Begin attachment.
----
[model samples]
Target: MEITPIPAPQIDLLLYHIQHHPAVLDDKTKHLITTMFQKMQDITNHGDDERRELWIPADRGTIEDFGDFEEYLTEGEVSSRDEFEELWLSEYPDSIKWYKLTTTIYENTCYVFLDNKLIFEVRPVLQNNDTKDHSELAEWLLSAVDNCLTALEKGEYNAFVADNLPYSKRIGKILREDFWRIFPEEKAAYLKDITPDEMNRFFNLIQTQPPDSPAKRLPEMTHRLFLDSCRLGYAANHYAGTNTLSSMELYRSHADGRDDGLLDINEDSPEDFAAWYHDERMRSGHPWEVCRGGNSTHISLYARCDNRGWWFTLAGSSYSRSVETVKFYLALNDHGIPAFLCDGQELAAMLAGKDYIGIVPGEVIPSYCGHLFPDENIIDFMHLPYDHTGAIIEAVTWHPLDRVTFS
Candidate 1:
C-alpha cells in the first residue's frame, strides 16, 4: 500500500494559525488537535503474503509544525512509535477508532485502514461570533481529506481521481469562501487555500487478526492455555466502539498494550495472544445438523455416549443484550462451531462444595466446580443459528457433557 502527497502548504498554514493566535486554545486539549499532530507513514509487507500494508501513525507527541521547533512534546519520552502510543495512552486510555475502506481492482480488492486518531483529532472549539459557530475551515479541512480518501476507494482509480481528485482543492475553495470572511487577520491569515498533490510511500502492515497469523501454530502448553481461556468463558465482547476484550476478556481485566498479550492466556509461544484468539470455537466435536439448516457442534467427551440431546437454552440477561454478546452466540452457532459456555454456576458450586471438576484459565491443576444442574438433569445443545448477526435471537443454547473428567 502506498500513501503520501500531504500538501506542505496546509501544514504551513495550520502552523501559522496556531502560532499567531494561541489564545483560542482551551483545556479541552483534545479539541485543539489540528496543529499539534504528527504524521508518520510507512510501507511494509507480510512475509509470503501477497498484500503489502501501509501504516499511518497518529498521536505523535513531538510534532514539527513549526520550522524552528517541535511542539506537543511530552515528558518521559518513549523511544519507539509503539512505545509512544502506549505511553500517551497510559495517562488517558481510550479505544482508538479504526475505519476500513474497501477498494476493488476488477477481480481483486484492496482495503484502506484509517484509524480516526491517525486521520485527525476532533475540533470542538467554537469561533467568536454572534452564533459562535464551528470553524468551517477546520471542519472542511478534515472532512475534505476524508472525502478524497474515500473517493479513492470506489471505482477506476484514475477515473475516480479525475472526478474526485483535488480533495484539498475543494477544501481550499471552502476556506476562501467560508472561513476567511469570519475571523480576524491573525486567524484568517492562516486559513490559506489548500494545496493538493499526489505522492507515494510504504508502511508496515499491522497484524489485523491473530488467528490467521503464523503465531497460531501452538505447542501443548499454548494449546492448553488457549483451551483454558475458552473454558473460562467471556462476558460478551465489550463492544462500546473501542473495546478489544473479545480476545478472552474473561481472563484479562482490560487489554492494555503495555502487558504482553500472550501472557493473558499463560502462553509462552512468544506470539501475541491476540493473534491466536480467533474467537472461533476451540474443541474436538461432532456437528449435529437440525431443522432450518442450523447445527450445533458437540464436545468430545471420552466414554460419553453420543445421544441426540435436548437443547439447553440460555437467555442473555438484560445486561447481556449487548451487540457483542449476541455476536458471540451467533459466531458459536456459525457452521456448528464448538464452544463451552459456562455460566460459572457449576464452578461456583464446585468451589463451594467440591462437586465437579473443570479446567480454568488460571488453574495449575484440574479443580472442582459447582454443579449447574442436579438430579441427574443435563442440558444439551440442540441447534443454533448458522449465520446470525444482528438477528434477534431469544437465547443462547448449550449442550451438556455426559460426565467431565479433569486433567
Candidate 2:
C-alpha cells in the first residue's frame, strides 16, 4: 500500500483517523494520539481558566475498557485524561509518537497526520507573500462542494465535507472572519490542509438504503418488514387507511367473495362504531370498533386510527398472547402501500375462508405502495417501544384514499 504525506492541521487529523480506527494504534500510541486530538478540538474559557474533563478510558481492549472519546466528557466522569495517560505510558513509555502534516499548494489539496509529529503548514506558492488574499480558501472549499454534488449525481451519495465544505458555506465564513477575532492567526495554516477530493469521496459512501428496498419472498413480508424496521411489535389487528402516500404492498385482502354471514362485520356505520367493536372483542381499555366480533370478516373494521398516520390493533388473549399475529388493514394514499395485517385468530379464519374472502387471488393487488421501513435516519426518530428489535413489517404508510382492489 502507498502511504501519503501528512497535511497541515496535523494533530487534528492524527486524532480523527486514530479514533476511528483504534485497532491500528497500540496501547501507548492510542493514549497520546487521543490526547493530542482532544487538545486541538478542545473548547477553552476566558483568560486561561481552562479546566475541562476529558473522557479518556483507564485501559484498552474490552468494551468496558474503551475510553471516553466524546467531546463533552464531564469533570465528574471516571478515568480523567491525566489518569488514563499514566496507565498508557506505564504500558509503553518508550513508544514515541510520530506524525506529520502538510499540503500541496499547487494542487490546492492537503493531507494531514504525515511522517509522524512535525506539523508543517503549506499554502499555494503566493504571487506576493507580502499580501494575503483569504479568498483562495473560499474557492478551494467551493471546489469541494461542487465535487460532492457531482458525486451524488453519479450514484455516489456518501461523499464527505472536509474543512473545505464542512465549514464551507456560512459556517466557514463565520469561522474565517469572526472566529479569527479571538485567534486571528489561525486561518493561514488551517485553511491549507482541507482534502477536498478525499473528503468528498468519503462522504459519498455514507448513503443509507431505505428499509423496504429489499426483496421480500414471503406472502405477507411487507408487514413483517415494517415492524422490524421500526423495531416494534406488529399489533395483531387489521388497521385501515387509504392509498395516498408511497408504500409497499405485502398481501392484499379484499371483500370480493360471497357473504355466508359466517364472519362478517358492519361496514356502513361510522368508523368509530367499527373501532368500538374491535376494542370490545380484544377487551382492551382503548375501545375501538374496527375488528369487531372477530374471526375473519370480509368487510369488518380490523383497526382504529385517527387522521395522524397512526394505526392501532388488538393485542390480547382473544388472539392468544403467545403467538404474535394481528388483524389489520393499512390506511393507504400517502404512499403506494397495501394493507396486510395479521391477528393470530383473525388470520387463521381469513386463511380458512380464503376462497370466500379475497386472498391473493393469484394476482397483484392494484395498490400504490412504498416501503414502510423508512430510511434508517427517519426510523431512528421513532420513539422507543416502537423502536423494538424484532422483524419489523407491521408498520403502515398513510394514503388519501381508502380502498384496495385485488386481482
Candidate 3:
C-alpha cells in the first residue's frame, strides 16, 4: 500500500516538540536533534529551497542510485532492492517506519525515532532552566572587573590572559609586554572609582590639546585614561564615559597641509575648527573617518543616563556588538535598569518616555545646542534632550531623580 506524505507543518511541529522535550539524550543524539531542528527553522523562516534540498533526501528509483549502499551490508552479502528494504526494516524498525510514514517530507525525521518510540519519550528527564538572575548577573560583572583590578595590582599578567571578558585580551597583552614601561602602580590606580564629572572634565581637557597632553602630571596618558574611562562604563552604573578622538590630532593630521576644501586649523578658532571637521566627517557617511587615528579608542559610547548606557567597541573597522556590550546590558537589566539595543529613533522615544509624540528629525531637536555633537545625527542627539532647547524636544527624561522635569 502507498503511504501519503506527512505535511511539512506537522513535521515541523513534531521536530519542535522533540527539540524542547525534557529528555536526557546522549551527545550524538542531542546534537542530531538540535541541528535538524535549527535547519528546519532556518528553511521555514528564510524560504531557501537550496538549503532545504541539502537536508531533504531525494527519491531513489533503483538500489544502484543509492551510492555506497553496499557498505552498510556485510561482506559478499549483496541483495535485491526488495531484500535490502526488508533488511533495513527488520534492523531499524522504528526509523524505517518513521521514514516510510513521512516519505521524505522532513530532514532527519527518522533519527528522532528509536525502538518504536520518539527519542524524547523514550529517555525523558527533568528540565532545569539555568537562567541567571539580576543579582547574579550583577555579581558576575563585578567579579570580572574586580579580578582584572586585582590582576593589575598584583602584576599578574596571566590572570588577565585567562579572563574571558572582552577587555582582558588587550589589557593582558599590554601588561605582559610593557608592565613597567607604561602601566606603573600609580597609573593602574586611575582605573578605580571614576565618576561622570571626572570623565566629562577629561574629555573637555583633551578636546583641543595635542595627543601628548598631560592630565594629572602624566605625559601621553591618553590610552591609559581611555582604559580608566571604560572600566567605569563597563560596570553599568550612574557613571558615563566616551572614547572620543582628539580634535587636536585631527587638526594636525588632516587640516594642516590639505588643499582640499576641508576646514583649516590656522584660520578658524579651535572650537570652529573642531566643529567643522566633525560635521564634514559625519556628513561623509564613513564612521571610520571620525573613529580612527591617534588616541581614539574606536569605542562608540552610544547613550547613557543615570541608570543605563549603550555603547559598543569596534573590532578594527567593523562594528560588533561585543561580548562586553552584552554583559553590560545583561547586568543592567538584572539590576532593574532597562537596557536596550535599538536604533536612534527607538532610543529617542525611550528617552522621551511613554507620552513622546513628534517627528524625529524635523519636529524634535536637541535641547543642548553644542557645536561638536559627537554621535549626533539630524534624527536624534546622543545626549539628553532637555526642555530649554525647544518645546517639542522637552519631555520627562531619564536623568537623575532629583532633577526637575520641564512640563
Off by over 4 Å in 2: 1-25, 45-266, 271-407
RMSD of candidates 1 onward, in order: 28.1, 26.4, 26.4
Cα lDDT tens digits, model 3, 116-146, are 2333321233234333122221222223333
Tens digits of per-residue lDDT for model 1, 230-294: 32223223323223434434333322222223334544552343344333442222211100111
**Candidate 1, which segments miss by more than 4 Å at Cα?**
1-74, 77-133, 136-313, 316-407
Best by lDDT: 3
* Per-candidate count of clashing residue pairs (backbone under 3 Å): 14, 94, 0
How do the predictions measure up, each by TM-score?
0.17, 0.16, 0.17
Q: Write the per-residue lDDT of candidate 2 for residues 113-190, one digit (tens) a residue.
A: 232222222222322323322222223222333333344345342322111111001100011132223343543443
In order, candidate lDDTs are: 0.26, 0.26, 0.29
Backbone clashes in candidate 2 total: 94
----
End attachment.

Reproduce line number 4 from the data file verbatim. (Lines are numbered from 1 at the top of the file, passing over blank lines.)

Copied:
C-alpha cells in the first residue's frame, strides 16, 4: 500500500494559525488537535503474503509544525512509535477508532485502514461570533481529506481521481469562501487555500487478526492455555466502539498494550495472544445438523455416549443484550462451531462444595466446580443459528457433557 502527497502548504498554514493566535486554545486539549499532530507513514509487507500494508501513525507527541521547533512534546519520552502510543495512552486510555475502506481492482480488492486518531483529532472549539459557530475551515479541512480518501476507494482509480481528485482543492475553495470572511487577520491569515498533490510511500502492515497469523501454530502448553481461556468463558465482547476484550476478556481485566498479550492466556509461544484468539470455537466435536439448516457442534467427551440431546437454552440477561454478546452466540452457532459456555454456576458450586471438576484459565491443576444442574438433569445443545448477526435471537443454547473428567 502506498500513501503520501500531504500538501506542505496546509501544514504551513495550520502552523501559522496556531502560532499567531494561541489564545483560542482551551483545556479541552483534545479539541485543539489540528496543529499539534504528527504524521508518520510507512510501507511494509507480510512475509509470503501477497498484500503489502501501509501504516499511518497518529498521536505523535513531538510534532514539527513549526520550522524552528517541535511542539506537543511530552515528558518521559518513549523511544519507539509503539512505545509512544502506549505511553500517551497510559495517562488517558481510550479505544482508538479504526475505519476500513474497501477498494476493488476488477477481480481483486484492496482495503484502506484509517484509524480516526491517525486521520485527525476532533475540533470542538467554537469561533467568536454572534452564533459562535464551528470553524468551517477546520471542519472542511478534515472532512475534505476524508472525502478524497474515500473517493479513492470506489471505482477506476484514475477515473475516480479525475472526478474526485483535488480533495484539498475543494477544501481550499471552502476556506476562501467560508472561513476567511469570519475571523480576524491573525486567524484568517492562516486559513490559506489548500494545496493538493499526489505522492507515494510504504508502511508496515499491522497484524489485523491473530488467528490467521503464523503465531497460531501452538505447542501443548499454548494449546492448553488457549483451551483454558475458552473454558473460562467471556462476558460478551465489550463492544462500546473501542473495546478489544473479545480476545478472552474473561481472563484479562482490560487489554492494555503495555502487558504482553500472550501472557493473558499463560502462553509462552512468544506470539501475541491476540493473534491466536480467533474467537472461533476451540474443541474436538461432532456437528449435529437440525431443522432450518442450523447445527450445533458437540464436545468430545471420552466414554460419553453420543445421544441426540435436548437443547439447553440460555437467555442473555438484560445486561447481556449487548451487540457483542449476541455476536458471540451467533459466531458459536456459525457452521456448528464448538464452544463451552459456562455460566460459572457449576464452578461456583464446585468451589463451594467440591462437586465437579473443570479446567480454568488460571488453574495449575484440574479443580472442582459447582454443579449447574442436579438430579441427574443435563442440558444439551440442540441447534443454533448458522449465520446470525444482528438477528434477534431469544437465547443462547448449550449442550451438556455426559460426565467431565479433569486433567